He emphasized that “the devolution of His Holiness the Dalai Lama’s political power is not at all solely to me as the Kalon Tripa, but to all Tibetans.”
He also spoke about the importance of showing the world that the Tibetan people are committed to democratic principles and a secular government.
Sending a message to China
Sangay said that this election should show the hardliners in the Chinese government that “Tibetan leadership is far from fizzling out-we are a democracy that will only grow stronger in years ahead. And we are here to stay.”
“Tibetans have become second class citizens in their own homeland,” Sangay said, speaking about the exploitation of both resources and culture that has occurred in Tibet as a result of Chinese rule.
“After sixty years of misrule, Tibet is no Socialist Paradise that Chinese officials promised…today, it is a tragedy because of the Chinese occupation,” he said.
Despite the tragedy, though, Sangay said that Tibetans want to send to China and to the world the message of the Tibetan people’s firm commitment to non-violence and their willingness for dialogue with China. He emphasized his support for the Middle-Way approach, a policy that seeks true autonomy for the Tibetan people under Chinese rule.
Sangay also said that if the Chinese government resolves the Tibet issue in a lasting way, then China will secure a much more positive image in the eyes of the world.
“A lasting solution to the situation in Tibet will be one of the most defining stories of the 21st century, for it will reaffirm faith in humanity’s capacity to build peace, non-violence and universal freedom,” he said.
Speaking about his own experience with Chinese-Tibetan dialogue, Sangay said said that Chinese people in China and beyond have a responsibility to help the Chinese government deal with Tibet in a positive and peaceful way. At Harvard, Sangay has organized conferences between Chinese and Tibetan scholars and has personally reached out to hundreds of Chinese students in efforts to promote trust and understanding.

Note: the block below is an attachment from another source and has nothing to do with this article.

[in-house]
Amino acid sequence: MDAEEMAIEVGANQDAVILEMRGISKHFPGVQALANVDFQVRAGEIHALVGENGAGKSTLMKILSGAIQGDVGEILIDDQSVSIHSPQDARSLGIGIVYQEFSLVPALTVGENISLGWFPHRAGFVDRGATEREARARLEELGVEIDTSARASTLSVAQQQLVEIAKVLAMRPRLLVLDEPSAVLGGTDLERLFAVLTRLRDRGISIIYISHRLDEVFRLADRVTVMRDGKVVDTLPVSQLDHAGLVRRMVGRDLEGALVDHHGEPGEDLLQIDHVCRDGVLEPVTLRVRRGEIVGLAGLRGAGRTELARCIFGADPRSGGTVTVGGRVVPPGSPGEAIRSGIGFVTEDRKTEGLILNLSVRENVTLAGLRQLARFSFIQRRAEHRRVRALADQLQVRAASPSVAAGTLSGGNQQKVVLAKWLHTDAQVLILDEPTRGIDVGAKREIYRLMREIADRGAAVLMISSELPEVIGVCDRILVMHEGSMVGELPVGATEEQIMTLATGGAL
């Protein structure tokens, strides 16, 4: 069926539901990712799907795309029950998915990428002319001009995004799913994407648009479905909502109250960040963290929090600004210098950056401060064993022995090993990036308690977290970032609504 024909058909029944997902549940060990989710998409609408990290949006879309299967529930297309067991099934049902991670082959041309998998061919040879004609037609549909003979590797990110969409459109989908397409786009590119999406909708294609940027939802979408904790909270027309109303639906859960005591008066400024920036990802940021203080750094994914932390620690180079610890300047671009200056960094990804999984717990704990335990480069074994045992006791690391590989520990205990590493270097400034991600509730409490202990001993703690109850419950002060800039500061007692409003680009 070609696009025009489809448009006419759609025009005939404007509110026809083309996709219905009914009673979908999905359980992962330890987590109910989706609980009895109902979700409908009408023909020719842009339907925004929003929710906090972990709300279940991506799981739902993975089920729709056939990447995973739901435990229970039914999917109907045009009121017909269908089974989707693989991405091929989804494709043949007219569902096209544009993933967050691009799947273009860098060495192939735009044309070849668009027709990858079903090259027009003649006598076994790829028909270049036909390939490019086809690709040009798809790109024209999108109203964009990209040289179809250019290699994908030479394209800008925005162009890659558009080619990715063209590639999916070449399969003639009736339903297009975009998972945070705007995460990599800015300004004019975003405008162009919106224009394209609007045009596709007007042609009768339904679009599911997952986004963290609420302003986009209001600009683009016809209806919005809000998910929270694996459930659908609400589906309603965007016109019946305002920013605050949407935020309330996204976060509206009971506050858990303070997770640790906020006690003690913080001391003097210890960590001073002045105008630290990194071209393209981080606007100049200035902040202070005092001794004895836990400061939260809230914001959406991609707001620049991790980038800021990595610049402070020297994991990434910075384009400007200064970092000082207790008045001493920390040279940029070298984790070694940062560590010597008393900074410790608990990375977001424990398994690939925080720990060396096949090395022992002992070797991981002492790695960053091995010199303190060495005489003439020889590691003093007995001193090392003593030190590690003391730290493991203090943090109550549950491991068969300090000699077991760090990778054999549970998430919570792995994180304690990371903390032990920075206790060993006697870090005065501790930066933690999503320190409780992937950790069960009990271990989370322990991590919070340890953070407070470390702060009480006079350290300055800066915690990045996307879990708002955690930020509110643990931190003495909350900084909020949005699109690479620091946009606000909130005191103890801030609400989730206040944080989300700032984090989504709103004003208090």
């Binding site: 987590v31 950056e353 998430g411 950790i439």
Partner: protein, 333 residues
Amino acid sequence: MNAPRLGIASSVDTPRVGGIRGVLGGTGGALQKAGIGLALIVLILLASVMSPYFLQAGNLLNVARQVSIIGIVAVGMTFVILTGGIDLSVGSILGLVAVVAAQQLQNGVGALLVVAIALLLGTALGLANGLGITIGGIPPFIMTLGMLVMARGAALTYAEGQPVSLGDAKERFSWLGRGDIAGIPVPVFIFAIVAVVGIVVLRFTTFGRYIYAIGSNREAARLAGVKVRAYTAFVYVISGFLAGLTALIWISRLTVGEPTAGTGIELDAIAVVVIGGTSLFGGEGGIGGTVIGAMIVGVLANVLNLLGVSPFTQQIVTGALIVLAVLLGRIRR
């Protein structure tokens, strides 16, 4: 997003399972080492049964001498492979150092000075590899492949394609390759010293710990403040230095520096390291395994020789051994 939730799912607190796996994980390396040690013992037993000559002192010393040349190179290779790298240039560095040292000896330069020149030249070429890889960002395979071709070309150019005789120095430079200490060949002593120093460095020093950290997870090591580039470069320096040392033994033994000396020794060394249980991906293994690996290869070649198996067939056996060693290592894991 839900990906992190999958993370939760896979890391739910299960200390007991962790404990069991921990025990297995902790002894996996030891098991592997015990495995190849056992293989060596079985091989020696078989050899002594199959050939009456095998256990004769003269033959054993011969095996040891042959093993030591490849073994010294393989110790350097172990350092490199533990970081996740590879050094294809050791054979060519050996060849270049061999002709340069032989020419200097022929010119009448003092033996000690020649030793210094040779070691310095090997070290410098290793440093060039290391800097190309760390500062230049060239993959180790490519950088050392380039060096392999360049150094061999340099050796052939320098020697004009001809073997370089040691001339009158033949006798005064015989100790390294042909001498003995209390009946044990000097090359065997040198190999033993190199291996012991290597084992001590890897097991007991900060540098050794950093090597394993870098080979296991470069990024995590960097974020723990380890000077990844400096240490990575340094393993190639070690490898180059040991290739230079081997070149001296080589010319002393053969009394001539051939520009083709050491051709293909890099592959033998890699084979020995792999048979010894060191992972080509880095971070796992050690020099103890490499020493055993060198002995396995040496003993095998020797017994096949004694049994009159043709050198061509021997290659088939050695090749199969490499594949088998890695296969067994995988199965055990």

“With unity, innovation, and self-reliance as the guiding principles of six million Tibetans, victory will be ours,” Sangay said.
Sangay plans to make education his first priority. He also plans to, through technology, professionalize the Tibetan Administration. Among other initiatives, the administration will establish sister settlements between Tibetans in India and the West, introduce a Tibet Policy Institute to envision and execute policy on Tibet, and introduce the Tibet Corps, an organization that will strive to use the skills of Tibetans in Tibet and worldwide for the Tibetan cause.
It will not be an easy road ahead, according to Sangay. He urged the younger generation of Tibetans to put their support and energy behind the Tibetan cause. Depending on their commitment to their cause, Tibetans “will be alive or become a museum piece,” he said. “It is a time for confidence in the belief that we are Tibetans and we can do it.”
He spoke with conviction that one day the Tibetan people and His Holiness the Dalai Lama will be able to return to Tibet. “We are always ready to embark on this epic journey from Dharamsala, the abode of Dharma, to Lhasa, the abode of Gods.”